Randolph Community College Fills Skilled Worker Gap

Asheboro in Randolph County, North Carolina, is very much like many of the modern, industrial communities found across America, with a few large manufacturers and a lot of smaller companies and machine shops, all struggling to fill jobs calling for advanced manufacturing skills. They also have a population of young citizens willing to roll up their sleeves and invest their futures in a productive career.

Garrett and Wes

The problem, common in these types of communities, is that there isn’t an easily accessible on-ramp to the manufacturing career highway. But in Randolph County, there is one now.

Kicking off what they call Apprenticeship Randolph, an Advisory Board of area manufacturing companies began working with Randolph Community College to provide the educational aspect of an apprenticeship program. Their input and contributions resulted in a classroom shop that boasts 16 CNC machining and turning centers, along with Mastercam as the CAD/CAM to power them.

High school boy at Randolph
High School girl at Randolph

After numerous meetings and many hours spent hashing out a plan, the college held a pre-apprenticeship class over the summer for about two-dozen recent high school graduates. Subjects included industrial safety and a basic introduction to machining. Following this class, seventeen of them signed on to be full-fledged apprentices.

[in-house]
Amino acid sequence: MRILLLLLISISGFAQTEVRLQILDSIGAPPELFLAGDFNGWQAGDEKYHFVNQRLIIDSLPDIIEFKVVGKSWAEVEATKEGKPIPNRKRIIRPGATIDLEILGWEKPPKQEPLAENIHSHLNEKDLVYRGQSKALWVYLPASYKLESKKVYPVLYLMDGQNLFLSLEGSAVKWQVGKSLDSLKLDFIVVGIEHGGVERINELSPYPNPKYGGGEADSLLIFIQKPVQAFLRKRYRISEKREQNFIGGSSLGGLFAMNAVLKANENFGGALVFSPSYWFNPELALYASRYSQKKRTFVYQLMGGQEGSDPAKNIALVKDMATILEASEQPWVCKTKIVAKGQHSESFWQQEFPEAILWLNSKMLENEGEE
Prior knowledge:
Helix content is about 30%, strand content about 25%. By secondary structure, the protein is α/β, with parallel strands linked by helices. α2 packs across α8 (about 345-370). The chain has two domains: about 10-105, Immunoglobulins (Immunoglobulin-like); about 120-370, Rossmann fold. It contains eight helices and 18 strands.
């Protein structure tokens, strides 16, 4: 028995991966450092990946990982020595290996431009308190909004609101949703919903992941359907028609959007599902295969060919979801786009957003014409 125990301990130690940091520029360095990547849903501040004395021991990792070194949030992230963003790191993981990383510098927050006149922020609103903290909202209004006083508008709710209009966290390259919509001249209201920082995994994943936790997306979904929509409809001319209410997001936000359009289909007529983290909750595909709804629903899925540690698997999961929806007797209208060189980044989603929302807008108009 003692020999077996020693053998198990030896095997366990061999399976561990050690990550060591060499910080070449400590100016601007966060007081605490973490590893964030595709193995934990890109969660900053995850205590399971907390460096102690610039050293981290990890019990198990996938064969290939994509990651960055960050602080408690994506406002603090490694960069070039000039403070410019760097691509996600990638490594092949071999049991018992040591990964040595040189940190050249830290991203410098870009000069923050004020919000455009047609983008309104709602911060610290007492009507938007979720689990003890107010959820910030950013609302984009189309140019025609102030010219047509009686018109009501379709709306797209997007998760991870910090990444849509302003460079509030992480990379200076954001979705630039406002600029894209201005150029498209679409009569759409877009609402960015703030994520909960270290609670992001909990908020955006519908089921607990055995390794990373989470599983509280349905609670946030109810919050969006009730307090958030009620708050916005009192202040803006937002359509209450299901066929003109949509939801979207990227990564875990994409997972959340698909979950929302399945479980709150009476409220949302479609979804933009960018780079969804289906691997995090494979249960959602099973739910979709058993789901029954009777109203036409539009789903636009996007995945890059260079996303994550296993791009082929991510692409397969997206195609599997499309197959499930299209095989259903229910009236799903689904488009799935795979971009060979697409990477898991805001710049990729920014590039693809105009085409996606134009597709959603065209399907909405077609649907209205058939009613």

High School Students at Randolph

As apprentices, these students spend part of their day at assigned companies and the rest of the day attending classes at the college. A motivating carrot for sticking with the Apprenticeship Randolph program is that the students are getting paid while on the job, and they also get paid while they are attending school. The companies involved pay for books and tuition.

Mastercam proposed part for Randolph cnc class

Outcomes for these students are excellent. At the end of the program, they earn a Journeyman’s certificate from the North Carolina Department of Labor, as well as an Associate Degree from Randolph Community College. They will also have the benefit of on-the-job experience to relay into rewarding careers, which is a huge added value.

students produced parts at Randolph

By partnering with the college, the local industry will experience an easing of the pressure caused by the ongoing need to fill the skilled worker gap. You can learn more in a related article from Manufacturing Engineering, Partnering with Local College Helps Industry Fill the Skilled Worker Gap, by Garret Parker, Department Head, Computer-Integrated Machining Program, Randolph Community College.